The relationship between humans and nature is under intense and increasing strain. The report released today by Ipbes, the Intergovernmental Science-Policy Platform on Biodiversity and Ecosystem Services (akin to the IPCC reports on climate change), provides compelling evidence that humans are overexploiting wild species and habitats. Harmful activities, including habitat destruction, poor farming practices and pollution, have altered ecosystems significantly, driving many species past the point of recovery. In Great Britain alone, of the 8,431 species assessed in the 2019 State of Nature report,1,188 are threatened with extinction. Globally, there are an estimated one million at risk, with biodiversity declining at a faster rate than at any time in human history….

[… Read more at The Guardian ]


Gen Zs and Millennials Will Drive Growth of Plant-based Foods in the U.S. Over Next Few Years

Making Healthier Choices, Sustainability, and Animal Welfare Are Top Motivators for These Plant-based Consumers

Kim McLynn, NPDOct. 21, 2021

The consumer demand for plant-based beverages and foods for in-home meal prep has continued throughout the pandemic. Both dairy and meat plant-based alternatives are forecast to grow through 2024, driven almost entirely by Millennials and Gen Zs, who choose these products for better health and because of their interest in sustainability and animal welfare, reports The NPD Group.

The deep-rooted values of Gen Zs and Millennials behind their choice of plant-based foods enabled the category to continue to grow throughout the pandemic when many consumers turned to comfort or more familiar foods. The demand for plant-based foods didn’t waver during the pandemic. About one in five adults say they want more plant-based foods in their diets, and that number remained steady throughout 2020, according to NPD’s recently released The Future of Plant-based Snapshot: The Evolution of Plant-based Continues.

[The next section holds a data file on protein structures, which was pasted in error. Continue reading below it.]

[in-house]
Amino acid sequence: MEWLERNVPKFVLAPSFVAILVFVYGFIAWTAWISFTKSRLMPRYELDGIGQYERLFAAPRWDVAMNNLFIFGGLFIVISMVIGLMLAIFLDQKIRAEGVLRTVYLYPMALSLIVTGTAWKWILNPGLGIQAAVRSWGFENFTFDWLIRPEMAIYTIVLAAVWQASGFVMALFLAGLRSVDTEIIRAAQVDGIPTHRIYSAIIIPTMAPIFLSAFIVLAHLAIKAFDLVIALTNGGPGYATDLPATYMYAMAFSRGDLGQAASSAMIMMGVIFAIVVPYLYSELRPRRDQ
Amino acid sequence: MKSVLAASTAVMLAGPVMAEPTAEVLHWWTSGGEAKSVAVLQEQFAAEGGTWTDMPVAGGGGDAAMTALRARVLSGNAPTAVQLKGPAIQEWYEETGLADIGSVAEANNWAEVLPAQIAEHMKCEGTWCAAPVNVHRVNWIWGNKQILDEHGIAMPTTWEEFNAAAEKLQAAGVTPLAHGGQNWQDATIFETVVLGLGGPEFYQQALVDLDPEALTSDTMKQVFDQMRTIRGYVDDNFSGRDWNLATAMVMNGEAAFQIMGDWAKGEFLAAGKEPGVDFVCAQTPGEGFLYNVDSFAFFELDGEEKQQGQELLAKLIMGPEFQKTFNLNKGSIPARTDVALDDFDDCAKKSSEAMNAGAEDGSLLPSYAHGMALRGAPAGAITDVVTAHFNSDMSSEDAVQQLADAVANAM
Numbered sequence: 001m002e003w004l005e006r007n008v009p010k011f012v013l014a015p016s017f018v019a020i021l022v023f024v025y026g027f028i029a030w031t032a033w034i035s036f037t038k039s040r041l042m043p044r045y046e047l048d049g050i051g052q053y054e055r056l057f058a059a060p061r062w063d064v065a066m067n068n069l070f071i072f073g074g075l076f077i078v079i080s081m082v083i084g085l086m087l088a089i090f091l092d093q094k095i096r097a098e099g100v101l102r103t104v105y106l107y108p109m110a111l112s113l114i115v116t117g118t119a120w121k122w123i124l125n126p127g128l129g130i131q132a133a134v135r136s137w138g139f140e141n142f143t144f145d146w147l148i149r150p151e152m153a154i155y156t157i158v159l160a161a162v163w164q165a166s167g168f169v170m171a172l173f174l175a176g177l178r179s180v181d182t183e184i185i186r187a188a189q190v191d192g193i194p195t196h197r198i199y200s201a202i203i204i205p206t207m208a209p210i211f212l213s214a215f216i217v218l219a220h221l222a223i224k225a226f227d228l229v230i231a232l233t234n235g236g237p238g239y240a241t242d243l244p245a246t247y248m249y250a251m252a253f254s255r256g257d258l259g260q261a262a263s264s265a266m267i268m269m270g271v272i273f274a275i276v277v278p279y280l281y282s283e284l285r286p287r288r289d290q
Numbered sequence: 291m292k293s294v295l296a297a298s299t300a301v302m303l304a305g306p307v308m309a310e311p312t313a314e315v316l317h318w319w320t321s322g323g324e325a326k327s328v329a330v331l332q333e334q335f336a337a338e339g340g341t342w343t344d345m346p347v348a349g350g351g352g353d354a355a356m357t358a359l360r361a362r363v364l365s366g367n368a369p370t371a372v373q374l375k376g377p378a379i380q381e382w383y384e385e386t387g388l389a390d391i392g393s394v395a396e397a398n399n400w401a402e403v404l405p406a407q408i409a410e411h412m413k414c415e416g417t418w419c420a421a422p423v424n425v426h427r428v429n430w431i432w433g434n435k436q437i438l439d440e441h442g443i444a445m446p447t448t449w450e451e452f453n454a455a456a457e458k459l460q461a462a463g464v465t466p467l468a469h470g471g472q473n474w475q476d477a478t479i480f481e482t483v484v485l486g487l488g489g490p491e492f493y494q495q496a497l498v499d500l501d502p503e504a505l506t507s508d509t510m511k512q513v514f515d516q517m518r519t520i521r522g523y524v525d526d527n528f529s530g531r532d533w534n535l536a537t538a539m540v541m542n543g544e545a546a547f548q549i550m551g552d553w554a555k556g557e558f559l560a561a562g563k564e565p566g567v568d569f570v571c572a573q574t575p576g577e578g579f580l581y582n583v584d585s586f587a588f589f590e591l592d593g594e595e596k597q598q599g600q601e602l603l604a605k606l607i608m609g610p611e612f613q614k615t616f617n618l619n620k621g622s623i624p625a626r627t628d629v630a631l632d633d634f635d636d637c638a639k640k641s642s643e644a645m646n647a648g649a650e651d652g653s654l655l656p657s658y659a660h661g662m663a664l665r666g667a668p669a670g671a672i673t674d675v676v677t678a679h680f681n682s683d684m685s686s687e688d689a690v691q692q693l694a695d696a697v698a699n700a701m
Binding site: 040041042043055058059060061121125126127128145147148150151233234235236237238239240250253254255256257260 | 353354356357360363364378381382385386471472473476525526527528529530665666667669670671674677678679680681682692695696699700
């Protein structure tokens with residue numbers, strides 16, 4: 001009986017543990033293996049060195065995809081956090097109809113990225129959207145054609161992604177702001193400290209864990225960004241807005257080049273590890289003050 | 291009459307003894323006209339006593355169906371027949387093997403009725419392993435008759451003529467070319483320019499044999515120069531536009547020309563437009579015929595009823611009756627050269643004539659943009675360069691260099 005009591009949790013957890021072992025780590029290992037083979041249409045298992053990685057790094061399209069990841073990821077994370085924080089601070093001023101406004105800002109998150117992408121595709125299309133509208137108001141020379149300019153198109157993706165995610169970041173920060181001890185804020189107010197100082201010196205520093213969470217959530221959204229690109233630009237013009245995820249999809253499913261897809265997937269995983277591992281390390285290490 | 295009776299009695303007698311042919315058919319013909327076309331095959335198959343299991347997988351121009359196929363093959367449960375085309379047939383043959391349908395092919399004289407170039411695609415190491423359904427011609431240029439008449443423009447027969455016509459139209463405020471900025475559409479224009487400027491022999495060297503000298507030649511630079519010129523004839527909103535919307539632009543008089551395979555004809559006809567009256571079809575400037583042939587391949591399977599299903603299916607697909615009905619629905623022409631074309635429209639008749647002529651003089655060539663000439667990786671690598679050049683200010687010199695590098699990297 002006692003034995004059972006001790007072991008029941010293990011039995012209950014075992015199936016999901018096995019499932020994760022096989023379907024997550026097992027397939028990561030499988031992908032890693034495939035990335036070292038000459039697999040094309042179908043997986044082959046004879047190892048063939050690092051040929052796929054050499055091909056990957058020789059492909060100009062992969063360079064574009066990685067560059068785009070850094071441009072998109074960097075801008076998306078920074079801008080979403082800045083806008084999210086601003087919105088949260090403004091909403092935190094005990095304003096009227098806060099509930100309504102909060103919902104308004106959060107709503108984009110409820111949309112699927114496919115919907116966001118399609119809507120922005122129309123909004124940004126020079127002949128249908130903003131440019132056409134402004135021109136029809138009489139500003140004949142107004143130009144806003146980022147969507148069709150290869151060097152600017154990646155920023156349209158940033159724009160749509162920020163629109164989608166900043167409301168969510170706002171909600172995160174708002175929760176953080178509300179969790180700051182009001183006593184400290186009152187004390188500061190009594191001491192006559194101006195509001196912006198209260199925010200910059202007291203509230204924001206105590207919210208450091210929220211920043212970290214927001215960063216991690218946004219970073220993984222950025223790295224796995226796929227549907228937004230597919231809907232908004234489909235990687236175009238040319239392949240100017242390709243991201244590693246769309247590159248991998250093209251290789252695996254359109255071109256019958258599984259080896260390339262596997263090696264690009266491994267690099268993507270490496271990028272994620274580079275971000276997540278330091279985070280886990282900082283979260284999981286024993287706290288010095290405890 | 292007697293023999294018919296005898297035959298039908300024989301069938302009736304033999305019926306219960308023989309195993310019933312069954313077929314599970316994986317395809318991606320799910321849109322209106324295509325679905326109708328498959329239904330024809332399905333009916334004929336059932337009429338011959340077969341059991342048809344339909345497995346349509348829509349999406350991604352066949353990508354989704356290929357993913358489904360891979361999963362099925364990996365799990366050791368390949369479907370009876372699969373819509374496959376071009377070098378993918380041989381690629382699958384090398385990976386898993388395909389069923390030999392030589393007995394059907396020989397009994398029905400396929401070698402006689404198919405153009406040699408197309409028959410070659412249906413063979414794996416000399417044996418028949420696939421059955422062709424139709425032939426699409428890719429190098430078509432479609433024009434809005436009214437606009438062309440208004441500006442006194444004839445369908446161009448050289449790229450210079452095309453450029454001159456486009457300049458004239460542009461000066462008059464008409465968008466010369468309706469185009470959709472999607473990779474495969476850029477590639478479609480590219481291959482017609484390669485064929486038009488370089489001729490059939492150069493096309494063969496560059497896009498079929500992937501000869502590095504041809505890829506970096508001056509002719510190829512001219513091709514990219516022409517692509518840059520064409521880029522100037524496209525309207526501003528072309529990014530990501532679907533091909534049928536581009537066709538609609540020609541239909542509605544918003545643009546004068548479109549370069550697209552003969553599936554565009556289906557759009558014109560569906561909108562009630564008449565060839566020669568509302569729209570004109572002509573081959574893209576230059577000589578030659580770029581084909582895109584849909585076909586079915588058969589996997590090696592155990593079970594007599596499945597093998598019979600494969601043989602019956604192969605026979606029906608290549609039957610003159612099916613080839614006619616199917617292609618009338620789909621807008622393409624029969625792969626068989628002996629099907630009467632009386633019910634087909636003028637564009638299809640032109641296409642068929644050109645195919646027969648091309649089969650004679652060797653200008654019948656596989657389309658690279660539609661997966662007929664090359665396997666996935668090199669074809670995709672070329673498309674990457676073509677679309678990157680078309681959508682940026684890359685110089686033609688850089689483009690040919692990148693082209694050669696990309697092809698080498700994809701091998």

Interest in plant-based dairy and meat alternatives by Gen Zs and Millennials extends beyond burgers and almond milk. These plant-based consumers look for various meat, poultry, or seafood analogues, flavor profiles, formats. For this reason, plant-based opportunities exist across frozen, shelf-stable, indulgent, and snack categories.

“As consumers continue to prepare more meals in the home and younger generations cook more, plant-based foods and ingredients will be a part of their repertoire,” says Darren Seifer, NPD food industry analyst and co-author of the study. “In addition to providing a variety of plant-based foods and ingredients, food manufacturers should also focus efforts on Millennials and Gen Zs since they will be driving the category’s growth. Their concerns for sustainability and animal welfare should also be taken into account when messaging to them.”

[… Read at NPD ]

Plant-based meat by far the best climate investment, report finds

Exclusive: Non-animal proteins can play critical role tackling climate crisis, says Boston Consulting Group

Damian Carrington, The GuardianJuly 7, 2022

Investments in plant-based alternatives to meat lead to far greater cuts in climate-heating emissions than other green investments, according to one of the world’s biggest consultancy firms.

The report from the Boston Consulting Group (BCG) found that, for each dollar, investment in improving and scaling up the production of meat and dairy alternatives resulted in three times more greenhouse gas reductions compared with investment in green cement technology, seven times more than green buildings and 11 times more than zero-emission cars.

Investments in the plant-based alternatives to meat delivered this high impact on emissions because of the big difference between the greenhouse gases emitted when producing conventional meat and dairy products, and when growing plants. Beef, for example, results in six-to-30 times more emissions than tofu


Meat and dairy production uses 83% of farmland and causes 60% of agriculture’s greenhouse gas emissions, but provides only 18% of calories and 37% of protein. Moving human diets from meat to plants means less forest is destroyed for pasture and fodder growing and less emissions of the potent greenhouse gas methane produced by cattle and sheep…

Scientists have concluded that avoiding meat and dairy products is the single biggest way to reduce your environmental impact on the planet and that large cuts in meat consumption in rich nations are essential to ending the climate crisis. The Project Drawdown group, which assesses climate solutions, places plant-based diets in the top three of almost 100 options….

[… Read more at  The Guardian ]